Alaska, Goosefoot Farm & The New Frontier

Either before or after reading the article below, please click on the image to the right. If it is early morning where you are, it will get you started on the right foot. If it is the middle of the day, the website will refresh you. And if it is night time, sweet dreams will almost certainly follow.

Our coffee CSA, combined with our regenerative activities, are only a  couple of reasons why this article is of personal interest to me. Work in Yakutia increased my wanting to visit Alaska, which started with the fact that my wife Amie was born there. Most of all, it is Alaska! The reasons are compounding, but time is not. Many thanks to Yasmin Tayag for this article in the New Yorker:

The Surreal Abundance of Alaska’s Permafrost Farms

Illustration by Nicholas Konrad / The New Yorker

In a place where the summer sun shines for twenty-one hours a day, climate change is helping to turn frozen ground into farmland.

In 2010, Brad St. Pierre and his wife, Christine, moved from California to Fairbanks, Alaska, to work as farmers. “People thought we were crazy,” Brad said. “They were, like, ‘You can grow things in Alaska?’ ” Their new home, not far from where Christine grew up, was as far north as Reykjavík, Iceland, and receives about sixty inches of snow each year. It routinely experiences winter temperatures below minus ten degrees Fahrenheit. In the summer, however, the sun shines for twenty-one hours a day and the weather resembles San Francisco’s. Sturdy cabbages and carrots thrive in the ground, while fussier tomatoes and cucumbers flourish in greenhouses.

The main challenge with farming in this part of Alaska, Brad told me recently, is that craters often open up in fields, and some are the size of Volkswagen Beetles. The holes form when patches of frozen water, known as ice lenses, melt and gulp down the surrounding earth in a process known as subsidence. They tend to expand each year and sometimes fuse with other nearby pits; they can be filled, but farmers often run out of soil, so the pits become ponds. Sometimes holes hide under ruffles of kale or the shade of tart-cherry trees, or threaten to swallow Brad’s tractor. “All of a sudden, you have to stop,” he said. “There’s no grass. There’s just a hole.”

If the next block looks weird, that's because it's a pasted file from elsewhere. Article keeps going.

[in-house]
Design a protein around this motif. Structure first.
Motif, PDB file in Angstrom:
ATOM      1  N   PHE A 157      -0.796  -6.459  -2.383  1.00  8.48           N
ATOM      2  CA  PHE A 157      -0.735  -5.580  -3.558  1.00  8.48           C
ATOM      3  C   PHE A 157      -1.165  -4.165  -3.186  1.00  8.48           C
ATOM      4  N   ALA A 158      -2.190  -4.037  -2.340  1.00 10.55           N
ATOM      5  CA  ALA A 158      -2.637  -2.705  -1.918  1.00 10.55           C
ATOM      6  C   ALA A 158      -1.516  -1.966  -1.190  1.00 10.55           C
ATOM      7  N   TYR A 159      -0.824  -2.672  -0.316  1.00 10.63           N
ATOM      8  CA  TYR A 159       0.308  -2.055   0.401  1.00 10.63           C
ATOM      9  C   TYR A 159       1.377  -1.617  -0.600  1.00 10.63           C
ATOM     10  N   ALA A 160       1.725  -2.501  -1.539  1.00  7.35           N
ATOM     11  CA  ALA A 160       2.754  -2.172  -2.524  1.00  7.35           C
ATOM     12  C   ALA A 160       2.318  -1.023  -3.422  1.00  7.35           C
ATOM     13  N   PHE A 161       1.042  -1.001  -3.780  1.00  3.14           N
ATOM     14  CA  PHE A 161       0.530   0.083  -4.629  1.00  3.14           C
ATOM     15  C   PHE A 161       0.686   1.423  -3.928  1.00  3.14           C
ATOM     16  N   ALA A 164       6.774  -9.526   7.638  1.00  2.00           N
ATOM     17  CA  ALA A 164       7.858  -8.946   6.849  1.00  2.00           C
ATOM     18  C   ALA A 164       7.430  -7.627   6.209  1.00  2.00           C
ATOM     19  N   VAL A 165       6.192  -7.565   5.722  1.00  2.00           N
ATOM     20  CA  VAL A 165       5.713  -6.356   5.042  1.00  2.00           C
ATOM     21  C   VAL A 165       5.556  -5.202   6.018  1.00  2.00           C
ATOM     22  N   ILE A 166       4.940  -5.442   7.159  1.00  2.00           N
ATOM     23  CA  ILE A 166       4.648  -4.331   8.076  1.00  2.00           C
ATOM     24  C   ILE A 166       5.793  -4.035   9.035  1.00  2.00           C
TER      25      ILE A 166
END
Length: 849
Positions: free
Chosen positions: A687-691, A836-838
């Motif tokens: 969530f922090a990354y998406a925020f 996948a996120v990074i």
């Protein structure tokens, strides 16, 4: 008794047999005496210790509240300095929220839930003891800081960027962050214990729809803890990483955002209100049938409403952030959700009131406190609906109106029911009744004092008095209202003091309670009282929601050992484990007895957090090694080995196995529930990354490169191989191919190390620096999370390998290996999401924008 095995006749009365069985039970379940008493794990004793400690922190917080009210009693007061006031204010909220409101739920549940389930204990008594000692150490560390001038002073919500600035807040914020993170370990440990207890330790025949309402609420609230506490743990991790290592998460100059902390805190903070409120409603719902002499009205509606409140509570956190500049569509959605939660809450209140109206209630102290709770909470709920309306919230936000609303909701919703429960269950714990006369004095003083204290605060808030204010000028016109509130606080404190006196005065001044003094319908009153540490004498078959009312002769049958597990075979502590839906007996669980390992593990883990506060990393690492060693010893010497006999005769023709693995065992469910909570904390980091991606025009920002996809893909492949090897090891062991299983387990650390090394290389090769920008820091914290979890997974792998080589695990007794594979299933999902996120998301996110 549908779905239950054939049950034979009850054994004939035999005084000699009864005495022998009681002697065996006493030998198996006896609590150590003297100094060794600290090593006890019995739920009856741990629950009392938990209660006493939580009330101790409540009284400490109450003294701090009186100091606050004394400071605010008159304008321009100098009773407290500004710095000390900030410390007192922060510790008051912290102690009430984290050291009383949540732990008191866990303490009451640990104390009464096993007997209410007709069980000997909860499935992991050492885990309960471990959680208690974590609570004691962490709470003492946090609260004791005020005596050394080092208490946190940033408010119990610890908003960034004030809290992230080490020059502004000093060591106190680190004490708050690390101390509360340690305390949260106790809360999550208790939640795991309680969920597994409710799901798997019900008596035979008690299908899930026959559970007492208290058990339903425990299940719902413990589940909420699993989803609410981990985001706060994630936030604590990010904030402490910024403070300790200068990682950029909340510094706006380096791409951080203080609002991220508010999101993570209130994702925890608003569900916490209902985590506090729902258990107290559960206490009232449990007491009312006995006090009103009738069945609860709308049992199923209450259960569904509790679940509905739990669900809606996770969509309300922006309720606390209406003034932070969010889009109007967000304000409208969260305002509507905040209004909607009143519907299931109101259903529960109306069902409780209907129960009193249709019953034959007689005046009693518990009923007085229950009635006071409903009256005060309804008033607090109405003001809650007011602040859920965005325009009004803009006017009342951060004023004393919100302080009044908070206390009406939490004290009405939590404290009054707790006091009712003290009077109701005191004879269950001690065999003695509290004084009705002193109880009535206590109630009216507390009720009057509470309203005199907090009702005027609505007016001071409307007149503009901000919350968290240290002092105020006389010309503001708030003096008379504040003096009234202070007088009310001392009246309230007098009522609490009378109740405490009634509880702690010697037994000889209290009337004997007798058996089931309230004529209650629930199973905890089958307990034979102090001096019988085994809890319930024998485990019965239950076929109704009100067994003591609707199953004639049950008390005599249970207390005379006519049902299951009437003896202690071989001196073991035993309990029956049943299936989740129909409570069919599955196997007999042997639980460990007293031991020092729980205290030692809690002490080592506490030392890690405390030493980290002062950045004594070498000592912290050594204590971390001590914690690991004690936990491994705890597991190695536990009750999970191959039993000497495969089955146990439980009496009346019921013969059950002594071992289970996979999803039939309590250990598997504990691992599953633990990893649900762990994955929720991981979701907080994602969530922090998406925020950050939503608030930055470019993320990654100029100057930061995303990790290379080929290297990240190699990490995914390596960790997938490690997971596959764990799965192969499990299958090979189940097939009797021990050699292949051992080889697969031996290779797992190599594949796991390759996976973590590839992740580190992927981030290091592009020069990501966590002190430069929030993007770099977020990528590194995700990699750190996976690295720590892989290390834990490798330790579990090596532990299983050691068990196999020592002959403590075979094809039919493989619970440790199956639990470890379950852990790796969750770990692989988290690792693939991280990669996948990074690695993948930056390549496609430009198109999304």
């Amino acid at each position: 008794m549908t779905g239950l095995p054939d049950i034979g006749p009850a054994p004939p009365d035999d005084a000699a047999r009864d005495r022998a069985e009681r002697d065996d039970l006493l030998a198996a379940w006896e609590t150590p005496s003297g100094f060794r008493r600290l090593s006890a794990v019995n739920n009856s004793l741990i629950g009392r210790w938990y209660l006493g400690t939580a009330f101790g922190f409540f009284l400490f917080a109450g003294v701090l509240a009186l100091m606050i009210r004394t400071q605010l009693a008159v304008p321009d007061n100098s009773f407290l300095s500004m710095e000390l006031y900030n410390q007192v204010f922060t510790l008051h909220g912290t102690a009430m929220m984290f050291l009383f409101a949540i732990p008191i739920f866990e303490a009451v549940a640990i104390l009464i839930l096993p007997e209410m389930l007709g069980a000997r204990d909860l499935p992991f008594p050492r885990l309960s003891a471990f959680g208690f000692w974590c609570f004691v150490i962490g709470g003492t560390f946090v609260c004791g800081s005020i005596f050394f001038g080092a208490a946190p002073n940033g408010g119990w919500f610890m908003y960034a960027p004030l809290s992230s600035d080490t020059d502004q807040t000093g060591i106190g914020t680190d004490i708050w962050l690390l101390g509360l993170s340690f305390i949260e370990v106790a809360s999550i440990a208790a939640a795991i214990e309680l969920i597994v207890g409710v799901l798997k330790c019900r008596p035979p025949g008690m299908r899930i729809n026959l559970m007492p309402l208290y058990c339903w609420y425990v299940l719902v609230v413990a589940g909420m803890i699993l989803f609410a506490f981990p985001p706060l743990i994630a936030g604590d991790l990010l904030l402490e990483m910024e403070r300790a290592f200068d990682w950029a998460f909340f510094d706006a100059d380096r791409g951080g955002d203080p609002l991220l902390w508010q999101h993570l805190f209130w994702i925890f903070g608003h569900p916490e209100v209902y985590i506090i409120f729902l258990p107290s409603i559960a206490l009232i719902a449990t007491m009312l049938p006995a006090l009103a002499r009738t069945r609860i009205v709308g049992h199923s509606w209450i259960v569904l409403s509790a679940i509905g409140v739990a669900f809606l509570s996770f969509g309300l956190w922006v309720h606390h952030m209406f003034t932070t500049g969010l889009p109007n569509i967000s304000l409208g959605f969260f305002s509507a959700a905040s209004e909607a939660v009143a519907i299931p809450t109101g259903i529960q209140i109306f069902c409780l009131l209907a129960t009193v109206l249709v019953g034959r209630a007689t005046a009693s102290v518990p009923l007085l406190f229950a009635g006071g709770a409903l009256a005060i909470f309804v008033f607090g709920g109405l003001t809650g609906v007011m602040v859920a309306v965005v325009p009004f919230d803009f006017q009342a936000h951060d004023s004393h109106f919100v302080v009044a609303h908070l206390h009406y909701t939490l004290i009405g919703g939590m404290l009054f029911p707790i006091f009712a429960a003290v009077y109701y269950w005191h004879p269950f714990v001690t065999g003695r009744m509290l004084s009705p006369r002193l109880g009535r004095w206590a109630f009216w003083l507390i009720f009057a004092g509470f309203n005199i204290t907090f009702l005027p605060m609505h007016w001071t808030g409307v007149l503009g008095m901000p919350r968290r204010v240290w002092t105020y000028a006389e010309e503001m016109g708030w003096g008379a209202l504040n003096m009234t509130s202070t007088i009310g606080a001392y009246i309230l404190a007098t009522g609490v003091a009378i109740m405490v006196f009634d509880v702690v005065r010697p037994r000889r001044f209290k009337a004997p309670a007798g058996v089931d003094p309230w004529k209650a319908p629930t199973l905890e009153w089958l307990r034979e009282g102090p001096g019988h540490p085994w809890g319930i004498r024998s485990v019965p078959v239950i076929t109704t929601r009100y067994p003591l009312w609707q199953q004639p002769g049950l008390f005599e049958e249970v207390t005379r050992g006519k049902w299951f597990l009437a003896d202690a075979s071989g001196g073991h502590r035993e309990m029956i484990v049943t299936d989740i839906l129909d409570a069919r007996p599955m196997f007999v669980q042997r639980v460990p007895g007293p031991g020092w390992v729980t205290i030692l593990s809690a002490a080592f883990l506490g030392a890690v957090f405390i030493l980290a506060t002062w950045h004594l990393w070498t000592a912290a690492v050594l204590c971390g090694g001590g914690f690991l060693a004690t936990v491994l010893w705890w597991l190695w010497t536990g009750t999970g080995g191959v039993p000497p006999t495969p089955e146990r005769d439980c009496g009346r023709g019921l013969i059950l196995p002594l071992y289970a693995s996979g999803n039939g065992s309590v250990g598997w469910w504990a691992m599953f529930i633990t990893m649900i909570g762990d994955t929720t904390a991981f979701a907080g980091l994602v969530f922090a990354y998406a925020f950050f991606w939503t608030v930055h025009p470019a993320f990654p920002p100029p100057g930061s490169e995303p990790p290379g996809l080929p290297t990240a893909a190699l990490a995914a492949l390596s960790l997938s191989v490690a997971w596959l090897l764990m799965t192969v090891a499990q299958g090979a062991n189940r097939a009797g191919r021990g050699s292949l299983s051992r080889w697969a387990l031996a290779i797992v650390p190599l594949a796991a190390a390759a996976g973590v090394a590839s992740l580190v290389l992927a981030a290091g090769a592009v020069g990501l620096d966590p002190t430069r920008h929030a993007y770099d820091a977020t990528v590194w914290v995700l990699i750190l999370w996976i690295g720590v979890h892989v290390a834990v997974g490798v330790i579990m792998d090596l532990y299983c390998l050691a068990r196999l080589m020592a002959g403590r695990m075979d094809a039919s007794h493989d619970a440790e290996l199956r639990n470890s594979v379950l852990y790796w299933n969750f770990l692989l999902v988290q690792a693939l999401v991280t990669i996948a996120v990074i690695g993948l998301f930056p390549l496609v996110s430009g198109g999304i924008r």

The St. Pierres ultimately leased seventy-five acres and named them Goosefoot Farm. It now grows everything “from arugula to zucchini,” Brad told me, which keeps the farm nimble in hard times and replenishes nutrients in the soil. He also manages the twice-weekly Tanana Valley Farmers’ Market, which runs from May to September and teems with produce, flowers, and honey from a region of Alaska that is as large as Indiana. The farm is thriving, though the holes have started to form more frequently and three acres are now a “minefield” too pockmarked to plant. “At that point, you just write it off,” he said.

Alaska’s interior, a mountain-ringed expanse of forests and wetlands that includes the Tanana Valley and is larger than the state of Montana, is part of the “climate-driven agricultural frontier,” a term coined by scientists, in 2020, to describe places that will become suitable for commodity crops in the next forty to sixty years. Fifty to ninety per cent of Alaska’s interior contains permafrost underneath, meaning that the soil has been frozen for at least two consecutive years. But the permafrost is patchy enough that the region is called a “discontinuous” zone, and it is in flux: the polar regions are warming faster than the rest of the planet, and Alaskan land contains many microclimates. North-facing slopes are colder, for example, while hollows retain more heat. When farmers and developers clear-cut vegetation on the surface, permafrost thaws even faster. Some farms are encircled with “drunken forests,” or trees that slouch as the ground gives way.

Read the whole article here.

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